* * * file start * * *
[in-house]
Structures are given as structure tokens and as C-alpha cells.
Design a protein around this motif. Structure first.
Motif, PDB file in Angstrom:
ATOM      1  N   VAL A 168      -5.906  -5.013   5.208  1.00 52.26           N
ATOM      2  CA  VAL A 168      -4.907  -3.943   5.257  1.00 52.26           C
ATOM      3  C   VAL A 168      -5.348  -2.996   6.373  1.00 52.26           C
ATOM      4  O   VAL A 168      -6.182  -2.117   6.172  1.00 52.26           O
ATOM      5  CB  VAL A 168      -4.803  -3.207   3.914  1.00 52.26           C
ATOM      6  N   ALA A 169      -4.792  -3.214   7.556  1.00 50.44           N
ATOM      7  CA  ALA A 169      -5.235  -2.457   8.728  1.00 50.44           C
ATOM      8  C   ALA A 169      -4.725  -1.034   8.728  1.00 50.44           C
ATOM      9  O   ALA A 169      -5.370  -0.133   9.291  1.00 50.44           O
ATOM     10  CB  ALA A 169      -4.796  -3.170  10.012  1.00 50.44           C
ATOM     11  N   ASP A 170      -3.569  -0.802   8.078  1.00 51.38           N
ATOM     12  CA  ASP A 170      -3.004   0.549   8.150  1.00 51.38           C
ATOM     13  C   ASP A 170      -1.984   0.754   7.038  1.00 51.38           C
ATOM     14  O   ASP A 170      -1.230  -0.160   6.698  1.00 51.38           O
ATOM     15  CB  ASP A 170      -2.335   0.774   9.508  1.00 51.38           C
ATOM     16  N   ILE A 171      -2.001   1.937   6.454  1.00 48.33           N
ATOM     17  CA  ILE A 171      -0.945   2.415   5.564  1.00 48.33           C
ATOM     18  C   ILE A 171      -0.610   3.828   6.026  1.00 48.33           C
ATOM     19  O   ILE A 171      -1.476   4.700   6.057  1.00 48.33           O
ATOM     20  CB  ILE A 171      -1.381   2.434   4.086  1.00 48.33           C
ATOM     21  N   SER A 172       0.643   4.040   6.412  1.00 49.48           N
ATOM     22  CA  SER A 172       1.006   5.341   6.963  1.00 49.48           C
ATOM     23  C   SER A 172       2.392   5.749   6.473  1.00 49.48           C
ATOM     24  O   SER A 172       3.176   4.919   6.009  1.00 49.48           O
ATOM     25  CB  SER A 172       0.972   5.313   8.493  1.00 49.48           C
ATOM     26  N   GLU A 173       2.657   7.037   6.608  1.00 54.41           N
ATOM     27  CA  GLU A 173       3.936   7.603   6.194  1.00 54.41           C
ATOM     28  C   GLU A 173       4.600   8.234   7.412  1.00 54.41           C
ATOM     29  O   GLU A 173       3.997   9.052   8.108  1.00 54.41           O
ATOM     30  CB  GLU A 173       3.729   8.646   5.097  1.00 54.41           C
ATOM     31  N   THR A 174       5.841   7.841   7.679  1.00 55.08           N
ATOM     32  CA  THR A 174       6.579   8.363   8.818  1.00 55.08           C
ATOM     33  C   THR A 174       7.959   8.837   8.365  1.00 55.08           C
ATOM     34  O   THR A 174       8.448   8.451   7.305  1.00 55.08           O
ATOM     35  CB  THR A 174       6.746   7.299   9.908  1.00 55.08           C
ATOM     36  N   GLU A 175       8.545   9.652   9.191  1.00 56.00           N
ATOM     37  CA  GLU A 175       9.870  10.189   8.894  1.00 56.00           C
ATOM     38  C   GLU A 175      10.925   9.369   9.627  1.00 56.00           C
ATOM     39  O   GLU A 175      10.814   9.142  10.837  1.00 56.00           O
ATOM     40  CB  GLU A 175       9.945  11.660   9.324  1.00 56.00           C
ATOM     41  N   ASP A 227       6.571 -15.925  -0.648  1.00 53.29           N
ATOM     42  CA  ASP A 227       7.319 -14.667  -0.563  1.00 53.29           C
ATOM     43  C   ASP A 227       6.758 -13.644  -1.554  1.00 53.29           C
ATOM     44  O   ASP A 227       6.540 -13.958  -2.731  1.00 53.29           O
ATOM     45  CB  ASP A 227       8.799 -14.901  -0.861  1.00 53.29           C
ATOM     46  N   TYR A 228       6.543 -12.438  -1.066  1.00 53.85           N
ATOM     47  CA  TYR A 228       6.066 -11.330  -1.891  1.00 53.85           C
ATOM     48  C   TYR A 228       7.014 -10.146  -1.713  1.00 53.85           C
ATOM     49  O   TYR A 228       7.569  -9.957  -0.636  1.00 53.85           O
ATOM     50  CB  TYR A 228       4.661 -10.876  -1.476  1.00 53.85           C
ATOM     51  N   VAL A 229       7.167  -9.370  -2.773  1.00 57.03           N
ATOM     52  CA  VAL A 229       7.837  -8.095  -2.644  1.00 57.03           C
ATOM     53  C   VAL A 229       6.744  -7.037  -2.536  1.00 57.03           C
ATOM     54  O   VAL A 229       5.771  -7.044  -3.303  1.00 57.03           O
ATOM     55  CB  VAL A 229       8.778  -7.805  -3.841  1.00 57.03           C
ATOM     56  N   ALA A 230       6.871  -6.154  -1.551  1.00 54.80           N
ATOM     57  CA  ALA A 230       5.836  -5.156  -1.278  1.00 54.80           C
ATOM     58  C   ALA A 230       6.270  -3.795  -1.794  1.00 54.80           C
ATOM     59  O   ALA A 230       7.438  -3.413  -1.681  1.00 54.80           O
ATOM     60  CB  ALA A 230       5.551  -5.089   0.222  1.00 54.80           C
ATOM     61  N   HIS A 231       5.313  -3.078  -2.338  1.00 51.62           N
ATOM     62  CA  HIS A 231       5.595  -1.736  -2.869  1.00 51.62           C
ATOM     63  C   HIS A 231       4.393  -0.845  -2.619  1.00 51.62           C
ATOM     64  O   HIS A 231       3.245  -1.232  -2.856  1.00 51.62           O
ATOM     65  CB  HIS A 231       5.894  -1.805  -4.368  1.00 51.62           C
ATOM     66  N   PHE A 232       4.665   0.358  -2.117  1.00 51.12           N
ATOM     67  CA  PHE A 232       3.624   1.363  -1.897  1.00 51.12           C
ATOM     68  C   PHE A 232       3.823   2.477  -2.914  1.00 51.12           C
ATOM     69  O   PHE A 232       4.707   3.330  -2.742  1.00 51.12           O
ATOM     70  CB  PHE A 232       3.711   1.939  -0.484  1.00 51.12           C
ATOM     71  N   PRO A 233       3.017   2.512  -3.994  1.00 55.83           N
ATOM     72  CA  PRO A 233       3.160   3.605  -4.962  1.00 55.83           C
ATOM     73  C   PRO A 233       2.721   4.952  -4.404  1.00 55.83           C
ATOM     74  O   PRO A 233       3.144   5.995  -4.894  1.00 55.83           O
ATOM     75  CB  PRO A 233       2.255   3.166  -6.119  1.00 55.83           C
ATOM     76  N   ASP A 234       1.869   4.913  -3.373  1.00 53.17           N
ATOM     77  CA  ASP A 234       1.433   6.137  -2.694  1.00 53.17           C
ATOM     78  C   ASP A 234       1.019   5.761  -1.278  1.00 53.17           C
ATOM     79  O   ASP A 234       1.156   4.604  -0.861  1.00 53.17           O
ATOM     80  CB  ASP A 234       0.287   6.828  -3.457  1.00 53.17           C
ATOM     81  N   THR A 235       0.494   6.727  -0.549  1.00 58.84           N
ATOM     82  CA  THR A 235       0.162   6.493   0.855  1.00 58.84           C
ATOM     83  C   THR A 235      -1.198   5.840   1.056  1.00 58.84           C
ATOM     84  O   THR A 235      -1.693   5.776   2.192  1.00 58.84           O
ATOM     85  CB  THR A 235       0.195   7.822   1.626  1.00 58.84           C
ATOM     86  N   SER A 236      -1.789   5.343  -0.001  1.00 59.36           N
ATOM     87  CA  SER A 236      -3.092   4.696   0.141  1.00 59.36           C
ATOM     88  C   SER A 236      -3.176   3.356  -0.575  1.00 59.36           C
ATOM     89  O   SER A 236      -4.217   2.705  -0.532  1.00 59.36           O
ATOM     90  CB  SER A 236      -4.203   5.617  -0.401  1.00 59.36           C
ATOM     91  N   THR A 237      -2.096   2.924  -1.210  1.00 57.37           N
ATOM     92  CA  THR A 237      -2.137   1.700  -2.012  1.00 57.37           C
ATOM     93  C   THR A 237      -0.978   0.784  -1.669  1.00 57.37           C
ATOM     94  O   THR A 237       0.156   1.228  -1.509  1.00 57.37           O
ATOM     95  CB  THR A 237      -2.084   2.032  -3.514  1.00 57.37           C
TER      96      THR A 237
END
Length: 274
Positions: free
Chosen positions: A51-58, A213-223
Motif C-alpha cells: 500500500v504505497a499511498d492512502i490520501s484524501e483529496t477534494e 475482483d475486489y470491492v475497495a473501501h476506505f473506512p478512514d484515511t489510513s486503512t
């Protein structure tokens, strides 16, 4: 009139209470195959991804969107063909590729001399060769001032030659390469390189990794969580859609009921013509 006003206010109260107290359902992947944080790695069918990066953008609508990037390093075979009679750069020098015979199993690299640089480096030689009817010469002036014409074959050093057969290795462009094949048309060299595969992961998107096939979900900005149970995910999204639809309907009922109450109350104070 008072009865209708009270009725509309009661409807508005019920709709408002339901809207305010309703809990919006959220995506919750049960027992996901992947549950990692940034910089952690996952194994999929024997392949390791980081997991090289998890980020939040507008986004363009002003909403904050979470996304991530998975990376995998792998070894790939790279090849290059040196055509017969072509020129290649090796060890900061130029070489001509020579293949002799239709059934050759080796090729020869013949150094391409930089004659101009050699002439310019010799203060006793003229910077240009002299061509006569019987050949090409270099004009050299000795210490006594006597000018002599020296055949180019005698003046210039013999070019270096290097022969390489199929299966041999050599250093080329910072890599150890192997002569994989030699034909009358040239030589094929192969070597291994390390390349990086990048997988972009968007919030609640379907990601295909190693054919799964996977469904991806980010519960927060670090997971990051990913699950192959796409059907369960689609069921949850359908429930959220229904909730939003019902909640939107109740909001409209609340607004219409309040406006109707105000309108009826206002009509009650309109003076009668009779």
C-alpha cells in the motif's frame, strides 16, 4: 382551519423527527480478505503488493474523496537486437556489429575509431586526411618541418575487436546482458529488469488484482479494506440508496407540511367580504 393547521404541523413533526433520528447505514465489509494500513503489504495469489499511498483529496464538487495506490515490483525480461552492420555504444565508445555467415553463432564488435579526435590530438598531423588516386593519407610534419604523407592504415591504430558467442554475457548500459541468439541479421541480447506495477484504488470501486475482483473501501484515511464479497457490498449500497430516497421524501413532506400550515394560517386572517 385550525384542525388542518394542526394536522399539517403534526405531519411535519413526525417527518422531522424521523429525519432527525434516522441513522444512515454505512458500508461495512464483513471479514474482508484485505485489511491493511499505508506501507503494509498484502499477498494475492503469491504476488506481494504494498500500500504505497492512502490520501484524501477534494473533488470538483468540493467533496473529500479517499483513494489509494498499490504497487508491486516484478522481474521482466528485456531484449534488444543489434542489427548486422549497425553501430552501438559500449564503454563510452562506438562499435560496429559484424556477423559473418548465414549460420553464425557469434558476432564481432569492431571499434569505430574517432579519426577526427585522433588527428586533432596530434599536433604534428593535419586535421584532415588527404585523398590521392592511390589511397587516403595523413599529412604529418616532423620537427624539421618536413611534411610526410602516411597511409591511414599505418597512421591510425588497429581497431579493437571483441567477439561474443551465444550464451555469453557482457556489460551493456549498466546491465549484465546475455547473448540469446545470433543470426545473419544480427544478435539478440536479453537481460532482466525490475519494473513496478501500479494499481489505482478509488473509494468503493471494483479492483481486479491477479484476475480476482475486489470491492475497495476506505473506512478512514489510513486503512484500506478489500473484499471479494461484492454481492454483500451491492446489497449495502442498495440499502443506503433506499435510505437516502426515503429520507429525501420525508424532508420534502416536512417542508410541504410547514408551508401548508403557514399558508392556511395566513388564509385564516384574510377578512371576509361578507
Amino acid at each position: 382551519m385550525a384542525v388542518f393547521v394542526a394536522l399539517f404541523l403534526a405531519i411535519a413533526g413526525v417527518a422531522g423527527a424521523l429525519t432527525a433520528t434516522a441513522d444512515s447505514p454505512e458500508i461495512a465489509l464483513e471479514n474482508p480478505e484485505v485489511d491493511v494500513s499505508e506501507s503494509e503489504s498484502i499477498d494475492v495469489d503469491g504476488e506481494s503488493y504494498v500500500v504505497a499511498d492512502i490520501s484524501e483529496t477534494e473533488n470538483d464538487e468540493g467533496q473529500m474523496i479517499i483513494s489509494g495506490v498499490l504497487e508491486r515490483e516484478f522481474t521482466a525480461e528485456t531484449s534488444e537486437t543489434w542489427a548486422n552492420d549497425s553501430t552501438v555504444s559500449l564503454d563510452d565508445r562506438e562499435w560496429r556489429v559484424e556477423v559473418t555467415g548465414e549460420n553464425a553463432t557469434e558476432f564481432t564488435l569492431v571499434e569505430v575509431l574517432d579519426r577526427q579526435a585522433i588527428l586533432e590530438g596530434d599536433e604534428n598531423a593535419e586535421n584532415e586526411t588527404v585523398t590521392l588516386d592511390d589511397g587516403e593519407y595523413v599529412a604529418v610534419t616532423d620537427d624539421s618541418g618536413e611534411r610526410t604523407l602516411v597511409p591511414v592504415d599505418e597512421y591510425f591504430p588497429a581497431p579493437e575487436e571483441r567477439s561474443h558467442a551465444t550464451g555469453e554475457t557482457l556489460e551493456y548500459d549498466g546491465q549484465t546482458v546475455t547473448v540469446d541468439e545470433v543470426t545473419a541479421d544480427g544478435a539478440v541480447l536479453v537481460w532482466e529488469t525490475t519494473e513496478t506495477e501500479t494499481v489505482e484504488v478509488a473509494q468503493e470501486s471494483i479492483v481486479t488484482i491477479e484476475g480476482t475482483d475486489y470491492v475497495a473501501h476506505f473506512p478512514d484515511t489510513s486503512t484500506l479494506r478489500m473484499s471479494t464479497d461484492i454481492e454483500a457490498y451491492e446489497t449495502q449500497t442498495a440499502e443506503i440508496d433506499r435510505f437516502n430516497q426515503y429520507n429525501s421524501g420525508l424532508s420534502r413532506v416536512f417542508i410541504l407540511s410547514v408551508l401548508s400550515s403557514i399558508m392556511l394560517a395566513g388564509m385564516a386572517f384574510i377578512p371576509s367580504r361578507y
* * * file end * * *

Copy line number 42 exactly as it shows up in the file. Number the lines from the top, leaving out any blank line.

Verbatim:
ATOM     38  C   GLU A 175      10.925   9.369   9.627  1.00 56.00           C